# 1.3 Specific Heat Capacity

```Specific Heat Capacity
Specific Heat Capacity
• The amount of energy it takes to heat up 1 gram of a
substance by 1&deg;C
• What heats up faster, metal or water?
Calorie
• Energy changes can also be
measured in calories.
• One calorie is defined as the
amount of energy needed to
increase the temperature of one
gram of water by one &deg;C.
• 1 calorie = 4.184 joules
• You drank 1 liter (1000 grams) of water at 0&deg;C and in
your body it rose to a temperature of 37&deg;C.
• That would result in the conversion of 37,000
calories of heat from the body to the water.
• Sound like a great way to lose weight doesn’t it?
Water is 1 cal = 1 g / 1&deg;C
Big C vs. little c
• A calorie is a tiny unit of measurement.
• For food, what they call a calorie is really a kilocalorie or
1000 calories.
• So, in order to differentiate them, a food calorie is a
capital C and an energy calorie is little c.
• 37,000 calories of heat from the body to the water
sounds great!
• But, don’t forget that 1 food calorie is actually a
kilocarlorie which is equal to 1000 calories.
So, that means drinking that water
really burns 37 Calories, which is
tiny compared to the more than
3000 Calories we eat every day.
Specific Heat Capacity
• The amount of energy required to raise the
temperature of one gram of a substance by one
Kelvin unit.
• Units: joule per gram Kelvin = J/g•K
• Remember, 1 K = 1 &deg;C
Substance
Specific Heat
Substance
J/gm K
Acetone
1.47
Aluminum
0.90
Acetylene
1.69
Bismuth
0.12
Air
1.01
Copper
0.39
Ethanol
1.88
Brass
0.38
Ammonia
2.19
Gold
0.13
Argon
0.52
0.13
Benzene
1.09
Silver
0.23
Bromine
0.25
Tungsten
0.13
Butane
1.67
Zinc
0.39
Carbon dioxide
0.84
Mercury
0.14
Carbon monoxide
1.02
Oxygen gas
0.92
Chlorine
0.48
Carbon disulfide
0.67
Ethane
1.75
Gasoline
2.22
Ethylene
1.53
Calcium Chloride
3.06
Helium
5.19
Sodium chloride
3.31
Hydrogen
14.32
Ammonia
4.60
Natural Gas
2.34
Ethylene glycol
2.42
Neon
1.03
Silicone Oil
1.80
Nitric Oxide
1.00
Freon
1.51
Nitrogen
1.04
Sea Water
3.93
Nitrogen tetroxide
4.69
Water Vapor
1.93
Oxygen
0.92
Water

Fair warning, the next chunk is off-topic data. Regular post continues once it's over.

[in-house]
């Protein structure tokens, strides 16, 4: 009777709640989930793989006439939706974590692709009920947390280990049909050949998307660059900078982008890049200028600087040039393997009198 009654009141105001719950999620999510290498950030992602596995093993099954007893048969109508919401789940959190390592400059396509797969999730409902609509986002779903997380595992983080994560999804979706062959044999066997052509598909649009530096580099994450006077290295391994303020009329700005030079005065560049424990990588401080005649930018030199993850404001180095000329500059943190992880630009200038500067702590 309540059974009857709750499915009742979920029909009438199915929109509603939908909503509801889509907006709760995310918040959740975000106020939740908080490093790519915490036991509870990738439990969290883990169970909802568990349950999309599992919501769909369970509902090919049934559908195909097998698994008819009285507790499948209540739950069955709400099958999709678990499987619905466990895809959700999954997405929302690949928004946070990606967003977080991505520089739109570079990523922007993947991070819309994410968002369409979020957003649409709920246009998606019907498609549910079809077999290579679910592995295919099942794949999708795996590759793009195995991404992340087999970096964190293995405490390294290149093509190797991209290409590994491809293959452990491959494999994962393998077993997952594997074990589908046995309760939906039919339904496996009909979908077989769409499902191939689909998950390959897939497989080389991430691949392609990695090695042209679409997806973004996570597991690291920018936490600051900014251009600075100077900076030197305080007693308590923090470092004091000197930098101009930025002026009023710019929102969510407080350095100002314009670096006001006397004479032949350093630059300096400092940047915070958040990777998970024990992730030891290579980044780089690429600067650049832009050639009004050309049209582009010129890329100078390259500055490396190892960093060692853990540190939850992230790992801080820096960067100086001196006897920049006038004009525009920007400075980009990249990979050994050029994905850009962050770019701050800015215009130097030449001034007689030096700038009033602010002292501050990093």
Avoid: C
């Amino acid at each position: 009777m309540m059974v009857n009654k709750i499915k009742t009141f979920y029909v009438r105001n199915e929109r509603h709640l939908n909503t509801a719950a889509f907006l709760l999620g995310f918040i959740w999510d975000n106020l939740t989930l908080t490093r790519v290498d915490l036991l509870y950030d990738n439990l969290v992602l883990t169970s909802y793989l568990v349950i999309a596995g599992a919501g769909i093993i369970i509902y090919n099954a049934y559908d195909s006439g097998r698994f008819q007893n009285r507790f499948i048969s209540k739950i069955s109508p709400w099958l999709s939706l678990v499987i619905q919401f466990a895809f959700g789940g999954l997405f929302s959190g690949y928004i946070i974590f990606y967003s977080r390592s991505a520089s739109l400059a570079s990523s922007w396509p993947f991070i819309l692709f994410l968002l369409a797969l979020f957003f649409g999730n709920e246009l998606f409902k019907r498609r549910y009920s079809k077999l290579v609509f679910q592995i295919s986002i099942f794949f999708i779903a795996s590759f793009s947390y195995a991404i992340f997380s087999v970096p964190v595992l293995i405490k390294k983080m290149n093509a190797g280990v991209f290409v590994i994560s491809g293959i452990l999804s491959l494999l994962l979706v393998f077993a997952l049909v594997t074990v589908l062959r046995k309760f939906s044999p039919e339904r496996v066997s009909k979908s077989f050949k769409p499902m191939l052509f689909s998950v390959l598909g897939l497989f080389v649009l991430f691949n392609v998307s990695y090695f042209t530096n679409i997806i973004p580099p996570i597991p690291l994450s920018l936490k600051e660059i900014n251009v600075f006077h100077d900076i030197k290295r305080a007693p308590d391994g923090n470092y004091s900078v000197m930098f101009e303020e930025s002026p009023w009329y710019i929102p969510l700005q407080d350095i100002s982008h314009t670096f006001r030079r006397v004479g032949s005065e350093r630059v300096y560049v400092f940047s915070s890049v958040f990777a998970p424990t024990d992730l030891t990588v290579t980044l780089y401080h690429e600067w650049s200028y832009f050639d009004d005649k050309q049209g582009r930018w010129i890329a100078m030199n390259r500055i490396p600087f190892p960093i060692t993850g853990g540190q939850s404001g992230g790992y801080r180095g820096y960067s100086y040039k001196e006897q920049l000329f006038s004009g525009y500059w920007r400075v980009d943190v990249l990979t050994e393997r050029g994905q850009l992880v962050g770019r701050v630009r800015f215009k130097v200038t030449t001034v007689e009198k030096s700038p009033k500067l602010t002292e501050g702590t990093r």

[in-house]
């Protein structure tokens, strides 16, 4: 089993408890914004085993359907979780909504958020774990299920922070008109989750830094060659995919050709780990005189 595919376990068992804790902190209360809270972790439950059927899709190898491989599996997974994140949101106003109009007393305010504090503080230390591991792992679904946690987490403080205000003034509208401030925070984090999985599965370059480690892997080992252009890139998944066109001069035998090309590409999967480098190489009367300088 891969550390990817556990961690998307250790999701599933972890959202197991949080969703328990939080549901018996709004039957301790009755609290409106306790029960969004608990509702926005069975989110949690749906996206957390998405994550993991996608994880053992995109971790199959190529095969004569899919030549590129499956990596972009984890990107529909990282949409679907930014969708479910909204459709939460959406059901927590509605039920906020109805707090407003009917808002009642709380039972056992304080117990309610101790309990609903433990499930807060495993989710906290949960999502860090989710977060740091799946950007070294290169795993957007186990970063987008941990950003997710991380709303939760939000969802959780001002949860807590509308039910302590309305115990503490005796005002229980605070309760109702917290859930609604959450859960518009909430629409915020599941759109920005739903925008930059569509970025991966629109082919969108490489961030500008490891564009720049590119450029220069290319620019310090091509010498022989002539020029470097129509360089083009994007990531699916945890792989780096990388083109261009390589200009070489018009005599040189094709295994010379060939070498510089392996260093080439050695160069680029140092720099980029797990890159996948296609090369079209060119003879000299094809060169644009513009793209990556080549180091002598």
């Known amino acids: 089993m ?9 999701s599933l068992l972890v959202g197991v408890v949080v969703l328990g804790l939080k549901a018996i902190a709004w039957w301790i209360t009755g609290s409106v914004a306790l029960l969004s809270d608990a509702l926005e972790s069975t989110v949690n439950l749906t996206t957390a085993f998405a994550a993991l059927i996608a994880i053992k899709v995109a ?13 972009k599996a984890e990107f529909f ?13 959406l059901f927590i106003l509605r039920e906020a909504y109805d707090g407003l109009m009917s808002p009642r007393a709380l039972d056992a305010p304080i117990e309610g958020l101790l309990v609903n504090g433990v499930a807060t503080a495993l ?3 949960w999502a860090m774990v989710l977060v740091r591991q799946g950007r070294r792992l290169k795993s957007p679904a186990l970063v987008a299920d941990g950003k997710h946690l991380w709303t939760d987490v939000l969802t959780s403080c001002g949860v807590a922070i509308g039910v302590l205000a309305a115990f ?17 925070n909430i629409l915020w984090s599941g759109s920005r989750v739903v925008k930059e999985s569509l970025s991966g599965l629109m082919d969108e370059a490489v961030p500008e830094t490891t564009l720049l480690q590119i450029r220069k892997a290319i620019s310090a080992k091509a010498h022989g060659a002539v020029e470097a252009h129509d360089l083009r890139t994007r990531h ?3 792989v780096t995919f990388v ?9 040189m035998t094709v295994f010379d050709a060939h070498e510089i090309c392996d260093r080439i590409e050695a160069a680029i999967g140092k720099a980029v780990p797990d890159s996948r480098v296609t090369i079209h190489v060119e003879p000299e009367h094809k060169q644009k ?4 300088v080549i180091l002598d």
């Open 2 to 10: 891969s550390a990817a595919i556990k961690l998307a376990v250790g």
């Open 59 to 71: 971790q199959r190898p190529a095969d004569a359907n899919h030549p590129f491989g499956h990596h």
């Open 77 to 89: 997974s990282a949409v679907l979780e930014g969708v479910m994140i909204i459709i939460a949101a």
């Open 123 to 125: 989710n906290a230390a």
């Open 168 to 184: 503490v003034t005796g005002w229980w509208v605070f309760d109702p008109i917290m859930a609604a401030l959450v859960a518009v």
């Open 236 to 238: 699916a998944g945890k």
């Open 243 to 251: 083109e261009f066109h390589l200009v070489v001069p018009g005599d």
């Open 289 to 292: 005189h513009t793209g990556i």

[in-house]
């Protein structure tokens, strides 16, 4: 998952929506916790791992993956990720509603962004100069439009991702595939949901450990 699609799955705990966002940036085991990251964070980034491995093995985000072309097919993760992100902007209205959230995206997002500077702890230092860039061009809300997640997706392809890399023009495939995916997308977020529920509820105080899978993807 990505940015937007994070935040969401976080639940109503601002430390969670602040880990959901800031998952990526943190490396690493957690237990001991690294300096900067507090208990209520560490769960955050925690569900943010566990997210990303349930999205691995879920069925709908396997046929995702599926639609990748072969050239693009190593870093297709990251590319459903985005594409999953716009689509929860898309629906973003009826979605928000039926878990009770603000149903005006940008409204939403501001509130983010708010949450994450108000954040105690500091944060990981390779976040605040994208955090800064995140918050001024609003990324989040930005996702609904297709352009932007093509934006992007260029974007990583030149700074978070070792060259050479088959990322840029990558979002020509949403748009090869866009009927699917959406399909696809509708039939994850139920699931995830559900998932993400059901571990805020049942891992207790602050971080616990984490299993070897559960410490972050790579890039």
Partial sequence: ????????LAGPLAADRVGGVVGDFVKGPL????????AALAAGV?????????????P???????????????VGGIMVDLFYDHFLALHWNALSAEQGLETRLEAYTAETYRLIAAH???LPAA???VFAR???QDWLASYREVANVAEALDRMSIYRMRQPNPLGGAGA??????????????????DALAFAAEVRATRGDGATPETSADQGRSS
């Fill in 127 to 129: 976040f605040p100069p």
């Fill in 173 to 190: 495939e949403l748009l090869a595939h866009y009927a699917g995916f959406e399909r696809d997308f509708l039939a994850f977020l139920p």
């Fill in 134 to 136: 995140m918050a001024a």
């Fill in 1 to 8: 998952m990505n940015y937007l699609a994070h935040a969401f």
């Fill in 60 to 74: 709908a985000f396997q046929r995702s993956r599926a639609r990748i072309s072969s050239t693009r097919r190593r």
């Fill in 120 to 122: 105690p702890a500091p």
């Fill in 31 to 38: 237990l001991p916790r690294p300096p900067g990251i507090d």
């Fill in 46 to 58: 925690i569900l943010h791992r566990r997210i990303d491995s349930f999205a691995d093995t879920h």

4.19
Propane
1.67
Ice (-10 C)
2.05
Sulfur dioxide
0.64
Granite
0.79
Xenon
0.16
Glass
0.84
Specific Heat Capacity of iron is
0.45 J/g*&deg;C
• How many joules will it take to heat a 100 gram
frying pan of iron from 20&deg;C to 150&deg;C?
Q = Heat
• Q = s • m • ΔT
• Q = joules
• s = specific heat capacity
• m = mass of sample (g)
• ΔT = change in temperature (&deg;C)
Specific Heat Capacity of iron is
0.45 J/g*&deg;C
• How many joules will it take to heat a 100 gram
frying pan of iron from 20&deg;C to 150&deg;C?
• Joules = 0.45 J/g*&deg;C * 100g * 130&deg;C
• 5850 grams
Why are there often plastic
handles on frying pans?
• Plastic has a higher heat capacity, so it takes much
more energy to heat it up than the metal, thus you
Energy Released As Heat
• energy as heat absorbed by the solution =
• specific heat capacity (s) times
• mass of the solution (g) times
• increase in temperature (K)
J • g • K = Joules of energy
g•K
Example Problem #1
• A 1.6 gram sample of goldish-colored metal requires
5.8 J of energy to change it’s temperature from 23&deg;C to
41&deg;C. Is this metal gold?
• Q = s • m •ΔT
• 5.8 J = s • 1.6 g • 18&deg;C
• s = 0.20 J/g&deg;C
• Gold has a specific heat capacity of 0.13 J/g&deg;C, so it is
not gold.
Enthalpy: ΔH
• Refers to changes in energy state.
• Energy can be released as heat or work
• ΔH = Hfinal − Hinitial
• ΔH is the change in enthalpy of the system and Q is
the energy added to the system through heat.
Latent Heat
• Latent heat is the heat released or absorbed by a
body during a change of state without a change of
temperature.
• The term most often refers to a phase transition such
as the melting of ice or the boiling of water
Latent Heat of Fusion
• The heat required to change one mole of a
substance from a solid to a liquid.
• It is a latent heat, as it is added to break the bonds
of the crystalline structure, and yet does not
change the temperature.
Latent Heat of Vaporization
• The heat required to change a mole
of a substance from a liquid to a gas.
• It is also a latent heat, as it is added
to disrupt the intermolecular
attraction the liquid molecules have
to each other so they can be free to
leave as a gas.
• But, the temperature does not
change. That is why boiling water
does not get any hotter than 100&deg;C
(or 92&deg;C in Flagstaff)
QS +
Hf + QL + Hv +
Qg = QT
Calorimetry
• A calorimeter is a device used to measure
heat of reaction
• If you do a chemical reaction or a want to
determine the heat of solvation, heat of
fusion, or others, it can be measured in a
calorimeter.
Q = mwater•Cwater•ΔTwater
Cwater is 4.18 J/g/&deg;C
Calorimetry
• For instance, if you want to measure the
heat of fusion for water, you can measure
the mass of an ice cube and then place it
into water in a calorimeter and see how
much the temperature changes.
Q = mwater•Cwater•ΔTwater
Cwater is 4.18 J/g/&deg;C
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